Pioneering Neoconcrete artist Willys de Castro, one of the founders of the abstract-geometric movement in the 1950s in Brazil, is being celebrated in a solo show in New York nearly three decades after his death. The exhibition displays fifteen works at Luhring Augustine’s Chelsea Gallery 2 in collaboration with two São Paulo galleries, Almeida e Dale and Marília Razuk, after having been presented last December at London’s Cecilia Brunson Projects. Willys de Castro’s work is in the permanent collections of Brazil’s leading museums, among them São Paulo’s MASP and Rio’s MAM, as well as in American institutions such as the Museum of Fine Arts, in Houston, the Blanton Museum of Art, in Austin, and New York’s Museum of Modern Art.
Hailed as one of the luminaries of Neoconcrete/Concrete art alongside Lygia Clark and Helio Oiticica, Willys de Castro’s main contribution to Brazilian art is the “Objeto Ativo” (Active Object, 1959-1962). Made to be wall-hanged, these geometric compositions painted on canvas-covered strips of wood or wooden rulers add a sculptural quality to painting. Although his lifetime artistic production may not be considered vast, his well-articulated ideas influenced a whole generation of Brazilian artists and more. To earn a living, this gifted man, often referred to as “one of the most brilliant minds of his time,” depended on his many talents as painter, engraver, draughtsman, set designer, costume designer, graphic artist, textile designer, musician, composer, writer and poet. It was a tough time for avant-garde artists in a shy art market where, at the time, the Brazilian art collector sought the status of painters Di Cavalcanti, Portinari, Dacosta, Teruz and the religious avow of Peru’s baroque Cuzco school paintings in gilded, carved frames atop the living-room velvet couch. Very few artists lived off art. For his parents’ sake, Wyllis took a job at Esso, Exxon Oil’s local subsidiary, only to abandon it after a two-year experience in the nine-to-five white-collar world he loathed. To quench his boundless artistic talent, the young man delved in freelance graphic design for advertising agencies in 1954, when he met Hercules Barsotti (1914-2010) and founded an agency specialized in graphic-design projects.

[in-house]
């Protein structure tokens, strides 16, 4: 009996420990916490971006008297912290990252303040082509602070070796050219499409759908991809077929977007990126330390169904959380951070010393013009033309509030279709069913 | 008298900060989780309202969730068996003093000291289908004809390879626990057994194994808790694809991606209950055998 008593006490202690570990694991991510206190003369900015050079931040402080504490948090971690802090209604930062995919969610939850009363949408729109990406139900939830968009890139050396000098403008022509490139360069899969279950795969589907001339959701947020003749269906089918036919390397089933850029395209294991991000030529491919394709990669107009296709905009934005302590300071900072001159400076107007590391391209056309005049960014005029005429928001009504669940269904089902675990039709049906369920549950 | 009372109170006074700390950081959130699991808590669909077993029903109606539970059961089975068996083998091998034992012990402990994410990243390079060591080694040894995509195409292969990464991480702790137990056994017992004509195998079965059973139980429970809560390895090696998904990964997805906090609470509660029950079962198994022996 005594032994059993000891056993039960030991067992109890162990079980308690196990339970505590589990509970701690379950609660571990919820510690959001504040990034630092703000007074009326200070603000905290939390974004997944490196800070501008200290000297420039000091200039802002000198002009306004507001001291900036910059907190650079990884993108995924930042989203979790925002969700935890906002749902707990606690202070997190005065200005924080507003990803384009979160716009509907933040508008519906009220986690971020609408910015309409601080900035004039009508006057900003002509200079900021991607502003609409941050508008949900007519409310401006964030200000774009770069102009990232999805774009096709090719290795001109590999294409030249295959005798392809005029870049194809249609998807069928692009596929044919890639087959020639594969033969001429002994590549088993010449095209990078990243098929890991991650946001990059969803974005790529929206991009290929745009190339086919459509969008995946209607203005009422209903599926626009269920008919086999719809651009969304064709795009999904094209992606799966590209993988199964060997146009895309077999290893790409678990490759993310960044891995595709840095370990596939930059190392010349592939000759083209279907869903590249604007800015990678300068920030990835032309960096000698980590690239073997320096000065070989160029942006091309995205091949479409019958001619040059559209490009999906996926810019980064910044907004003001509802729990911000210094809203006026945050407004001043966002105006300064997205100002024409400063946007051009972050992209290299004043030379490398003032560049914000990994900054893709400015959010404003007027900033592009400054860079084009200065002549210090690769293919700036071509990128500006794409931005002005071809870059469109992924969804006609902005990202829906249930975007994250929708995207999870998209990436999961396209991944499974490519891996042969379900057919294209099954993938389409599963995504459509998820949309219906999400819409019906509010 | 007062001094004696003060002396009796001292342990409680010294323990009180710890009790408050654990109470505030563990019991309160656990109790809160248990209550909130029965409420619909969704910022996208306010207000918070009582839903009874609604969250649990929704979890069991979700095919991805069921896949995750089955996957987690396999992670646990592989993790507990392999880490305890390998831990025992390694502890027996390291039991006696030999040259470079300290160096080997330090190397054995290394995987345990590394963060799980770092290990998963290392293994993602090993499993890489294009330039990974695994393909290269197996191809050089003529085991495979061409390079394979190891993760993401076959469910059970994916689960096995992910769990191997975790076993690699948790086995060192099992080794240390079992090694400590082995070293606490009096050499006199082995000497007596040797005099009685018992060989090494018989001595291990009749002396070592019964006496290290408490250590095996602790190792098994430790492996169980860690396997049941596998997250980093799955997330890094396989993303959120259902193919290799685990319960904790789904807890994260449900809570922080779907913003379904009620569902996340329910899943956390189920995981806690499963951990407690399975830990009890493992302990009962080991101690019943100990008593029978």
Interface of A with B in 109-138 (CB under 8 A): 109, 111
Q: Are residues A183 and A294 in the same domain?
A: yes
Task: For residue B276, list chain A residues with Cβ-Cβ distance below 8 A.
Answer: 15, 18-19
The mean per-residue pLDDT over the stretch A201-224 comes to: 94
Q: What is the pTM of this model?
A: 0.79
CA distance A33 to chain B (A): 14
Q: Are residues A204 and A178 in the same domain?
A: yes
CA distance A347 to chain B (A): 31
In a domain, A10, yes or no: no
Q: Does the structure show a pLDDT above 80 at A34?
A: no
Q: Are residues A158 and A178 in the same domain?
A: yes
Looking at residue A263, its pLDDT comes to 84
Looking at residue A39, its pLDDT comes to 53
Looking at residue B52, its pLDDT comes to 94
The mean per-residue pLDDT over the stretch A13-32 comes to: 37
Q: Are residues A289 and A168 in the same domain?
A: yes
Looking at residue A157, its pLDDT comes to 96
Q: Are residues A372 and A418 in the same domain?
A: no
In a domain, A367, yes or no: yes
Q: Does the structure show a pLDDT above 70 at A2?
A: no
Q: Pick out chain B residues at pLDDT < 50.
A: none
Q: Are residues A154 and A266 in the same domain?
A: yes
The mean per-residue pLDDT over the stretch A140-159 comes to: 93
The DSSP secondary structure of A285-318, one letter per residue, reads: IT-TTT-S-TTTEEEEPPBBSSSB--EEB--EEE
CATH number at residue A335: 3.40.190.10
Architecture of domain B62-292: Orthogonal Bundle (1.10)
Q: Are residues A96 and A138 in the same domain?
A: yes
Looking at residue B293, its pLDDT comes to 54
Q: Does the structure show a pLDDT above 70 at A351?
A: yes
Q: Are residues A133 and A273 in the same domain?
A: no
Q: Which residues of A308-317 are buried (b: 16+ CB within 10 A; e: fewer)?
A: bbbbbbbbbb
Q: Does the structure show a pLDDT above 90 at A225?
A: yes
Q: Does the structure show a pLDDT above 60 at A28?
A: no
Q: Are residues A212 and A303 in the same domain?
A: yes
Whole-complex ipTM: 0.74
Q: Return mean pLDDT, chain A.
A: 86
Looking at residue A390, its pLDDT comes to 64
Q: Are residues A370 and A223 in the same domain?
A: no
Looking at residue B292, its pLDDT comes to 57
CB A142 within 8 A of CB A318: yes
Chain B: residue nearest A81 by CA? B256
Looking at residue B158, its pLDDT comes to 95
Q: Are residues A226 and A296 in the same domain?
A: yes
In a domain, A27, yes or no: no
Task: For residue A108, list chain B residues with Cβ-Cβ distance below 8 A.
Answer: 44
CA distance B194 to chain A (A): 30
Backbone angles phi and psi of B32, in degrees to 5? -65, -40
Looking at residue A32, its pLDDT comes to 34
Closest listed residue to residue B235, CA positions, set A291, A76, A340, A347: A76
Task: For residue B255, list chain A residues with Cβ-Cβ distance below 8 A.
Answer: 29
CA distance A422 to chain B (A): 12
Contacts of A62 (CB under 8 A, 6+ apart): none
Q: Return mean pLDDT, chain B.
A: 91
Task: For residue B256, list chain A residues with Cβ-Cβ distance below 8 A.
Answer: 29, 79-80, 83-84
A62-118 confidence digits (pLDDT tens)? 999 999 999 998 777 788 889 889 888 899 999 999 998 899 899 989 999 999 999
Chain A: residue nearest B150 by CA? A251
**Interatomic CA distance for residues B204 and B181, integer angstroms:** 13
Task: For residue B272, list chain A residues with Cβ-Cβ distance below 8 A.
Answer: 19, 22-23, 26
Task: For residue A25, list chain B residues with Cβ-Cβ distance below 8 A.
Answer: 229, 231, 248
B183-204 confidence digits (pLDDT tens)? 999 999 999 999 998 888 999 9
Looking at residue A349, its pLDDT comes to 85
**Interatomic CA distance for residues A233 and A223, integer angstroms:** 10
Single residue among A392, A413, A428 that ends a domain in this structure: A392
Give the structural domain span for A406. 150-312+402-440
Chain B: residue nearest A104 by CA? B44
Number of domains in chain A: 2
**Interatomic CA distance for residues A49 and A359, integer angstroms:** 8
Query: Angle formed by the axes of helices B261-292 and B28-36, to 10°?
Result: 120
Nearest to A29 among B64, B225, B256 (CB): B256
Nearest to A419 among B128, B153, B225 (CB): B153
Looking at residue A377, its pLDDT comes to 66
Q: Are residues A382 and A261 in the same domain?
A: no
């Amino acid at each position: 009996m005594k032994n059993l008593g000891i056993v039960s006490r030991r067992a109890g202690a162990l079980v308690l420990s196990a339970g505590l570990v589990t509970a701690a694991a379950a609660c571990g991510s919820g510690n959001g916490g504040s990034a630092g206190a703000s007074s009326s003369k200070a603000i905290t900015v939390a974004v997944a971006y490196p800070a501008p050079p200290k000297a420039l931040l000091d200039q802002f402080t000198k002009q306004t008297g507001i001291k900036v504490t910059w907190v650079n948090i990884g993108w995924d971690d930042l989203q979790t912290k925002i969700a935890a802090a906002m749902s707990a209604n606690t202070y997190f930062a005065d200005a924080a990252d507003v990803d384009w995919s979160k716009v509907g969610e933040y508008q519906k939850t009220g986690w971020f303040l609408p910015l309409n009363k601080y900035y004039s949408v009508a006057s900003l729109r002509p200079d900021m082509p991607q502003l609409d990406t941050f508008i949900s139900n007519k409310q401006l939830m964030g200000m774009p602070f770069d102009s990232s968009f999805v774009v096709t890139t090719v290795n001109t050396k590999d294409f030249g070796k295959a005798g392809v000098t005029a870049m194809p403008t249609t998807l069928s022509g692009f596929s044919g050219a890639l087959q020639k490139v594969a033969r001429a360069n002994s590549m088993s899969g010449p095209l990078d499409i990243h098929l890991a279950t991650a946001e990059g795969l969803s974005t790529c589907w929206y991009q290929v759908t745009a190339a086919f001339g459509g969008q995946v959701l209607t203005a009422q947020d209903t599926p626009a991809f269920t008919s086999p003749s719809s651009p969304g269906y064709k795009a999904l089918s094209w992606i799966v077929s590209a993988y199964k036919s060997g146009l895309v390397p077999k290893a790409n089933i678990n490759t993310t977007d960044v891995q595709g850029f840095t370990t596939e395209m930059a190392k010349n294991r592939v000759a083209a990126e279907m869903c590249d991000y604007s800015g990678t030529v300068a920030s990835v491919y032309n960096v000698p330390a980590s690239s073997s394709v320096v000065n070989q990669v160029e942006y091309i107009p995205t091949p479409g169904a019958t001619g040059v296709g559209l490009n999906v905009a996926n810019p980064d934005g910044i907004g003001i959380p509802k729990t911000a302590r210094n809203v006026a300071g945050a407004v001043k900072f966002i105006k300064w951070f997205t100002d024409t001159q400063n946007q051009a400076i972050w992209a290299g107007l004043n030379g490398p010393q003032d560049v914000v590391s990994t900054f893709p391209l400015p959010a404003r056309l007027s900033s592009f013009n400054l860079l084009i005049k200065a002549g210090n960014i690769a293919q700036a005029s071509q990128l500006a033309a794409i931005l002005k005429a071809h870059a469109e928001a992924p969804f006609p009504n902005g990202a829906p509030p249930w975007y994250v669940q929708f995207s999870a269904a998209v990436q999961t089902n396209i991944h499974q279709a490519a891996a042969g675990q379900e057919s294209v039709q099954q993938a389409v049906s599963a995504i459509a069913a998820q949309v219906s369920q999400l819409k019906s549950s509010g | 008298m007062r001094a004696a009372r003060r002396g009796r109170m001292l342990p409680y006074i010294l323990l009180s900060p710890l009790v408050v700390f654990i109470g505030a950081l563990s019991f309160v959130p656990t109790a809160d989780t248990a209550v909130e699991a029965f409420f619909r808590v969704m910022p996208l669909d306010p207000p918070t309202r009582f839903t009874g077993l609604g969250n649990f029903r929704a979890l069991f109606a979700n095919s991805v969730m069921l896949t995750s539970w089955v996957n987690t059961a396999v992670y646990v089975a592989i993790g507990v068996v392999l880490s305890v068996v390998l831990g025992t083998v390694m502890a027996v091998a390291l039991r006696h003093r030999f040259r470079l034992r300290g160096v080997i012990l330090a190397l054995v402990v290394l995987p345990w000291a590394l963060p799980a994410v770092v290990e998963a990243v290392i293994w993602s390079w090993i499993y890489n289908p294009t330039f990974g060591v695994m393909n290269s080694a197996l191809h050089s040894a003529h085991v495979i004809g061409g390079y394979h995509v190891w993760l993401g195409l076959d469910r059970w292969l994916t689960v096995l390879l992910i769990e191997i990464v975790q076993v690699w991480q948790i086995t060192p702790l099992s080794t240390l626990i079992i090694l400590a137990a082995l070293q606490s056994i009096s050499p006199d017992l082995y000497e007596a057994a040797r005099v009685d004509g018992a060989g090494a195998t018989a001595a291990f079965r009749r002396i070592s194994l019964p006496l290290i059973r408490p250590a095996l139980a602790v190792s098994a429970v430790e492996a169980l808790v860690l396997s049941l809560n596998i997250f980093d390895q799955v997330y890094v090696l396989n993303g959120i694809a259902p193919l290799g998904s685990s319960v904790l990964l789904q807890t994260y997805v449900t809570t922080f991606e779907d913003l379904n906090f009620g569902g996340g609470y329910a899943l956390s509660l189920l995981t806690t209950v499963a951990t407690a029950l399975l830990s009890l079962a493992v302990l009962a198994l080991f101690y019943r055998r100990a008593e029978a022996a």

Willys was born in Minas Gerais state in a middle-class family that moved to São Paulo when the family business went bankrupt. As a young man believing his calling was music, he studied with German musicologist Hans-Joachim Koellreutter, who fled to Brazil during World War II to become one of the country’s most influential musicians and music theorists—Tom Jobim, composer of “The Girl of Ipanema,” was Koellreutter’s pupil. With music maestro Diogo Pacheco, still active at ninety-one, the young Willys founded a short-lived medieval music quartet in the late 1940s. In 1951, the First São Paulo Bienal became a turning point for aspiring artists, Willys among them. The artwork awarded the international prize (when the exhibition distributed prizes) was “Tripartite Unity”(1948-49), a steel sculpture based on the Möbius strip. The author, charismatic Swiss artist and graphic designer Max Bill, advocated art based in logic and reason, thus paving the esthetic ideology of the future Concrete and Neoconcrete movements in the mid-fifties. In 1960, the Swiss master invited his friend Willys to show in the “Konkrete Kunst” (Concrete Art) exhibition he organized in Zurich. It was Willys second trip to Europe; two years earlier he and Barsotti had made their first incursion into the European cultural scene.